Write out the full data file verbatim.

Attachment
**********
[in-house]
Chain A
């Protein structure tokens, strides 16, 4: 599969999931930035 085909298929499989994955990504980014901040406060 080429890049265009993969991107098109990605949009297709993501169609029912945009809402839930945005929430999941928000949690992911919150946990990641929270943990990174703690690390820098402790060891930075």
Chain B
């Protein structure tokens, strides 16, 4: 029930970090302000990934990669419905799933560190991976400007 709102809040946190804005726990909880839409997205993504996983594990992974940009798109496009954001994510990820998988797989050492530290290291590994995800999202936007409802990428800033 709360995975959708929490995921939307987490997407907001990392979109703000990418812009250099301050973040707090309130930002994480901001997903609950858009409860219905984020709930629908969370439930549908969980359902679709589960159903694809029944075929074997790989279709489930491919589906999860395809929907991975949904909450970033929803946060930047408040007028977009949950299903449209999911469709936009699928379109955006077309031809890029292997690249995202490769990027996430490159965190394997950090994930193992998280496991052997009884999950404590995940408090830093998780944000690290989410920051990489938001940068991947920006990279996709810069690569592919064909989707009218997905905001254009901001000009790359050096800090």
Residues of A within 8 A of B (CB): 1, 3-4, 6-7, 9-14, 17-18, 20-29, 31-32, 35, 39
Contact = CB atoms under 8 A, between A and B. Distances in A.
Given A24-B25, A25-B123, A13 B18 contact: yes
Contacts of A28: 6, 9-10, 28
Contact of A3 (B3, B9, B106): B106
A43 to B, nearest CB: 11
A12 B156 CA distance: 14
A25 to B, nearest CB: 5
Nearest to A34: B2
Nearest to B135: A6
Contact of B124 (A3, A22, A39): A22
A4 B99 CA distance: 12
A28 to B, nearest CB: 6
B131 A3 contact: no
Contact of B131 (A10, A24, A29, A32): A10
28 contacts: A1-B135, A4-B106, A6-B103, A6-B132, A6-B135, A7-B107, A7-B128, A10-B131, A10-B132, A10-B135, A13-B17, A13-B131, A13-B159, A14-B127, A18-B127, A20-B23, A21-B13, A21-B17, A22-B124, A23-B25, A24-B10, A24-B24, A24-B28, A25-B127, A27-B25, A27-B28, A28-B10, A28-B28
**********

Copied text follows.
[in-house]
Chain A
């Protein structure tokens, strides 16, 4: 599969999931930035 085909298929499989994955990504980014901040406060 080429890049265009993969991107098109990605949009297709993501169609029912945009809402839930945005929430999941928000949690992911919150946990990641929270943990990174703690690390820098402790060891930075």
Chain B
């Protein structure tokens, strides 16, 4: 029930970090302000990934990669419905799933560190991976400007 709102809040946190804005726990909880839409997205993504996983594990992974940009798109496009954001994510990820998988797989050492530290290291590994995800999202936007409802990428800033 709360995975959708929490995921939307987490997407907001990392979109703000990418812009250099301050973040707090309130930002994480901001997903609950858009409860219905984020709930629908969370439930549908969980359902679709589960159903694809029944075929074997790989279709489930491919589906999860395809929907991975949904909450970033929803946060930047408040007028977009949950299903449209999911469709936009699928379109955006077309031809890029292997690249995202490769990027996430490159965190394997950090994930193992998280496991052997009884999950404590995940408090830093998780944000690290989410920051990489938001940068991947920006990279996709810069690569592919064909989707009218997905905001254009901001000009790359050096800090």
Residues of A within 8 A of B (CB): 1, 3-4, 6-7, 9-14, 17-18, 20-29, 31-32, 35, 39
Contact = CB atoms under 8 A, between A and B. Distances in A.
Given A24-B25, A25-B123, A13 B18 contact: yes
Contacts of A28: 6, 9-10, 28
Contact of A3 (B3, B9, B106): B106
A43 to B, nearest CB: 11
A12 B156 CA distance: 14
A25 to B, nearest CB: 5
Nearest to A34: B2
Nearest to B135: A6
Contact of B124 (A3, A22, A39): A22
A4 B99 CA distance: 12
A28 to B, nearest CB: 6
B131 A3 contact: no
Contact of B131 (A10, A24, A29, A32): A10
28 contacts: A1-B135, A4-B106, A6-B103, A6-B132, A6-B135, A7-B107, A7-B128, A10-B131, A10-B132, A10-B135, A13-B17, A13-B131, A13-B159, A14-B127, A18-B127, A20-B23, A21-B13, A21-B17, A22-B124, A23-B25, A24-B10, A24-B24, A24-B28, A25-B127, A27-B25, A27-B28, A28-B10, A28-B28